Northumbria Primary Care screening patients in a trial that aims to reduce stroke risk

Patients at a group of GP practices have been invited to take part in a trial, called SAFER, which could reduce their risk of strokes and heart attacks.
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Northumbria Primary Care has identified patients in some of its Northumberland practices who are over the age of 70 and at a higher risk of atrial fibrillation (AF) to take part.

Many people who have AF are not aware of it due to a lack of symptoms. The condition is more prevalent in people over the age of 70 and is linked to an increased risk of serious medical conditions like strokes, heart attacks and dementia – with roughly 10% of strokes occurring in those with undetected atrial fibrillation.

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Once a diagnosis has been made, patients can be treated with blood thinning medication that will reduce the risk of serious medical problems.

Dr Justine Norman, associate medical director at Northumbria Primary Care.Dr Justine Norman, associate medical director at Northumbria Primary Care.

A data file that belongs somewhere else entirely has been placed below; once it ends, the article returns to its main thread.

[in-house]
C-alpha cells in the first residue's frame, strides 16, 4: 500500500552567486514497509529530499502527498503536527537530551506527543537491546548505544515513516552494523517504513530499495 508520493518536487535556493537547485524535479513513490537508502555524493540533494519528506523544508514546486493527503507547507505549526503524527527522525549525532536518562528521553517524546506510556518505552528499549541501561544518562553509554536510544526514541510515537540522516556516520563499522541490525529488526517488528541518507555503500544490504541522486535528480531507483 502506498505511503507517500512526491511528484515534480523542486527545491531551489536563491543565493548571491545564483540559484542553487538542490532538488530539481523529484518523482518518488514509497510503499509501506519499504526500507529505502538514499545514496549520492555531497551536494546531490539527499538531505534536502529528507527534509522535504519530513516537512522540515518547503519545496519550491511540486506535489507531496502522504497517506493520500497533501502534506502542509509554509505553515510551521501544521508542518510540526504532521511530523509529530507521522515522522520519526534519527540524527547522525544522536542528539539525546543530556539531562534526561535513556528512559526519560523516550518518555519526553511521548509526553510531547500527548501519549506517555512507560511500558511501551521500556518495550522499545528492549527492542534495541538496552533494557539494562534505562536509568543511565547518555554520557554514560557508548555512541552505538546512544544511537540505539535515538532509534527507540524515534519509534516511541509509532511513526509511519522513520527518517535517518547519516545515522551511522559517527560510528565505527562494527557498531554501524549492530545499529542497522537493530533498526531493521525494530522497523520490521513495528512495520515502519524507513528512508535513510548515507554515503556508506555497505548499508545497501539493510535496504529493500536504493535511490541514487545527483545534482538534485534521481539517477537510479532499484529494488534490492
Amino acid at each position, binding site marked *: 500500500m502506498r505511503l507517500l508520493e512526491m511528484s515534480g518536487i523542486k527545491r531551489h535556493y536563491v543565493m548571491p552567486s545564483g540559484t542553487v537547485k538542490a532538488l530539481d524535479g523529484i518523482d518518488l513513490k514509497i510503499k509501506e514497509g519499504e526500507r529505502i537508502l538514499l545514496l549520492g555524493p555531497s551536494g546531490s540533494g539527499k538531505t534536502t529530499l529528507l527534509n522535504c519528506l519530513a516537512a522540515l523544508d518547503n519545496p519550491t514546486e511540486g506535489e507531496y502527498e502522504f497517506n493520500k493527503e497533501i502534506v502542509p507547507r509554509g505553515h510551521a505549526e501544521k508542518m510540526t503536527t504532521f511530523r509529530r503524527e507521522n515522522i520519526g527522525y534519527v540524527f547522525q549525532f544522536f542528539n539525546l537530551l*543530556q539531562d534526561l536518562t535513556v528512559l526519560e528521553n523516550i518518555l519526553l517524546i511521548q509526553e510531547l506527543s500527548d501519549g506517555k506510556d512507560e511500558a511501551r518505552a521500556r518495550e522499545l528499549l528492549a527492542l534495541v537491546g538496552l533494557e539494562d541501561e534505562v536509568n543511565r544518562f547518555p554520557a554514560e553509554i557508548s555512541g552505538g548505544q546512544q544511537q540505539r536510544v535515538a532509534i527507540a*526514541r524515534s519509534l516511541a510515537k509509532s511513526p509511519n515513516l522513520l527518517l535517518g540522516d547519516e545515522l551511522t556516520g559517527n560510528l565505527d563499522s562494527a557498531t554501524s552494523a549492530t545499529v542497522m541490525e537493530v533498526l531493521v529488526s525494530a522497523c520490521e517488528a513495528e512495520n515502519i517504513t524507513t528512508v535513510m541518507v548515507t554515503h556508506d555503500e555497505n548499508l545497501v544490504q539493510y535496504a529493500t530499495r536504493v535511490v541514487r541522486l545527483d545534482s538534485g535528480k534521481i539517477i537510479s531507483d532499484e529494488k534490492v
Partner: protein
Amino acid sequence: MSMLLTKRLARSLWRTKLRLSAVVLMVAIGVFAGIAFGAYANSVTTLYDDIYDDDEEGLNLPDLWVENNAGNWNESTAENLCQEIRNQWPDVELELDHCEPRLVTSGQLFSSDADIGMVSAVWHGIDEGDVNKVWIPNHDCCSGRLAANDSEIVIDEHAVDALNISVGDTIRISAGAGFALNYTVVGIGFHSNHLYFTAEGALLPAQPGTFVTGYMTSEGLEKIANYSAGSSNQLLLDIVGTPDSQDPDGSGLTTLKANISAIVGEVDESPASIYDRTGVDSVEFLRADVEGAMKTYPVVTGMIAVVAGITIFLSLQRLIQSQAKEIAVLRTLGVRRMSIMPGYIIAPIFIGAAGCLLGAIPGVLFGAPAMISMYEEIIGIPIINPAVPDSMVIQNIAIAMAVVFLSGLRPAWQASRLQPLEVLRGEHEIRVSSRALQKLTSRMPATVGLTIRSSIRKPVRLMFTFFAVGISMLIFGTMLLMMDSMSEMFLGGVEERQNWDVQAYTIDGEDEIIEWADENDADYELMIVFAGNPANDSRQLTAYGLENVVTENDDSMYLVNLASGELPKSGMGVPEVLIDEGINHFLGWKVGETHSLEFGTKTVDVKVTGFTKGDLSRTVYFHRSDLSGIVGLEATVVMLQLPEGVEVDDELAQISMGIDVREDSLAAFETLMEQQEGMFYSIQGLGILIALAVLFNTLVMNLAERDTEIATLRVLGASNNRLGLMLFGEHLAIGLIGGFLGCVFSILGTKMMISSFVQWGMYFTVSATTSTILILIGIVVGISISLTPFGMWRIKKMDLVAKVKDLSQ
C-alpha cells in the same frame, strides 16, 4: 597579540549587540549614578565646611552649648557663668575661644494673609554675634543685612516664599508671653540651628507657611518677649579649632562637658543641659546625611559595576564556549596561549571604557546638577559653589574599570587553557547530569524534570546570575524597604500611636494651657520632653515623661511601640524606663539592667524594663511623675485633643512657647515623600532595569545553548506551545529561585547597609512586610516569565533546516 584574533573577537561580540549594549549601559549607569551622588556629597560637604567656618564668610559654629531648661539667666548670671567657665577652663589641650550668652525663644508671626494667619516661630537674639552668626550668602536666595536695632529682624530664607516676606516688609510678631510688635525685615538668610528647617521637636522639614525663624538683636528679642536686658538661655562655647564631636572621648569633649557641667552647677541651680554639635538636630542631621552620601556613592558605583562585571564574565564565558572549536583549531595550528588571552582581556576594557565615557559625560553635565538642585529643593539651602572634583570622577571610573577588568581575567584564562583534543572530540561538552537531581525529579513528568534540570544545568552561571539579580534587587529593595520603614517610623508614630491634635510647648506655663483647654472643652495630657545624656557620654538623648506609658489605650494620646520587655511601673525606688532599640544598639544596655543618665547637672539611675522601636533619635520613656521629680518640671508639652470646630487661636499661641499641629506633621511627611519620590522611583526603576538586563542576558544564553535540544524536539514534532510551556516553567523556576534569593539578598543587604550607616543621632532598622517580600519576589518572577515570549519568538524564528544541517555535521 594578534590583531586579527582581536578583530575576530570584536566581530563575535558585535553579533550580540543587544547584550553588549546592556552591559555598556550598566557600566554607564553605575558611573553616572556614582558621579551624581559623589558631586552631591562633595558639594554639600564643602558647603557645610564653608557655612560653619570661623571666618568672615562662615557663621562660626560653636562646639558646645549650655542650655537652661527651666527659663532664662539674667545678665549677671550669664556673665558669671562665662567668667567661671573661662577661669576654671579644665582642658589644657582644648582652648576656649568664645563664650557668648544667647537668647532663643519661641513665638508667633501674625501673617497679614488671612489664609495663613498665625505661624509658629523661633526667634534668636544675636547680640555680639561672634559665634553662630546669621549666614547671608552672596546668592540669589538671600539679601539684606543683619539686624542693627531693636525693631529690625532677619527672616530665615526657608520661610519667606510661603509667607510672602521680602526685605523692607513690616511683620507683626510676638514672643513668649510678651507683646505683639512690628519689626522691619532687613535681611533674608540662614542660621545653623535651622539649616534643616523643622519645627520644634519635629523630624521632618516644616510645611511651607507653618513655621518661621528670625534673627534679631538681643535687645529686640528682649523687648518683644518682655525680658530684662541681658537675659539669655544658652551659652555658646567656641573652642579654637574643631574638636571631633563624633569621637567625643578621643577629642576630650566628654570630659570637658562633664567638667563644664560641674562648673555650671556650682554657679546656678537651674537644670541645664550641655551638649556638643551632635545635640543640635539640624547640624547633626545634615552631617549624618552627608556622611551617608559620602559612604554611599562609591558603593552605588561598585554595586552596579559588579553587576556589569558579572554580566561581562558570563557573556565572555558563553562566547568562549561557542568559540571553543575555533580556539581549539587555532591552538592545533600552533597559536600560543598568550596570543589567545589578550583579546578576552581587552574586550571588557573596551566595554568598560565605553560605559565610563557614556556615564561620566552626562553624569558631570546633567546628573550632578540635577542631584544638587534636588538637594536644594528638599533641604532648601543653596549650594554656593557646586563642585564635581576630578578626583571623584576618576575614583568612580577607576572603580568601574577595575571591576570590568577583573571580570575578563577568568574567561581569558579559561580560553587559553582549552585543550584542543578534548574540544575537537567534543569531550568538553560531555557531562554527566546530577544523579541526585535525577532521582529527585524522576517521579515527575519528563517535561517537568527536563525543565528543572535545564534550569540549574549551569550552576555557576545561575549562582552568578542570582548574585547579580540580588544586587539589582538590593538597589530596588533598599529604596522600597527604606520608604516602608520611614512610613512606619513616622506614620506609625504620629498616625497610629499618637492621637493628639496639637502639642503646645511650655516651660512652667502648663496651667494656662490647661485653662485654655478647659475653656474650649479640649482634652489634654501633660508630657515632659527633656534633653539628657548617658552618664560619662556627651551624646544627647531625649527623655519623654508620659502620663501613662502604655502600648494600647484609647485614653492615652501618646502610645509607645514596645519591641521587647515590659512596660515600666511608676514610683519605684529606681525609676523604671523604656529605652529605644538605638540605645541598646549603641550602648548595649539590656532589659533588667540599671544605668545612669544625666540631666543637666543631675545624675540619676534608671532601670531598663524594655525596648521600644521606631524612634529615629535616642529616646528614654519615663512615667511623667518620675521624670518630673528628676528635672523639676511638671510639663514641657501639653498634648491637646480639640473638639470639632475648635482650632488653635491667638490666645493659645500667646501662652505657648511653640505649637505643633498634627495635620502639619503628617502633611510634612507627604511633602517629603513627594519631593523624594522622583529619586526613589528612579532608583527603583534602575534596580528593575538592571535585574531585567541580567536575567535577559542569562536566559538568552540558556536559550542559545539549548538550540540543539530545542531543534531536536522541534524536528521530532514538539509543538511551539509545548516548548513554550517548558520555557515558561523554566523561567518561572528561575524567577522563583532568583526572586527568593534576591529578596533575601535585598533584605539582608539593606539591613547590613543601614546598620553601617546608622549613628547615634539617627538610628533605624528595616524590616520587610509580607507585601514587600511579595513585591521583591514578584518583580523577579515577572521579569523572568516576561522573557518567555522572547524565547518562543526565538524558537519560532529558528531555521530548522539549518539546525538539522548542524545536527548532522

Dr Justine Norman, associate medical director at Northumbria Primary Care.

However, it is not known whether the potential benefits of screening outweigh the potential harms, such as serious bleeding as a result of the blood thinning medication. Therefore, it is important to test screening in a trial where some participants will receive screening, while others do not.

Northumbria Primary Care, which is a wholly owned not-for-profit subsidiary of Northumbria Healthcare, manages 10 practices across Northumberland and North Tyneside.

Dr Justine Norman, associate medical director, said: “We’re really excited to participate.

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“This trial has the potential to save lives and improve quality of life for some of our patients, allowing them to stay healthier for longer.”

Eligible patients will be contacted by their practice to participate in the trial if they match the inclusion criteria. Patients are not able to volunteer themselves for this trial.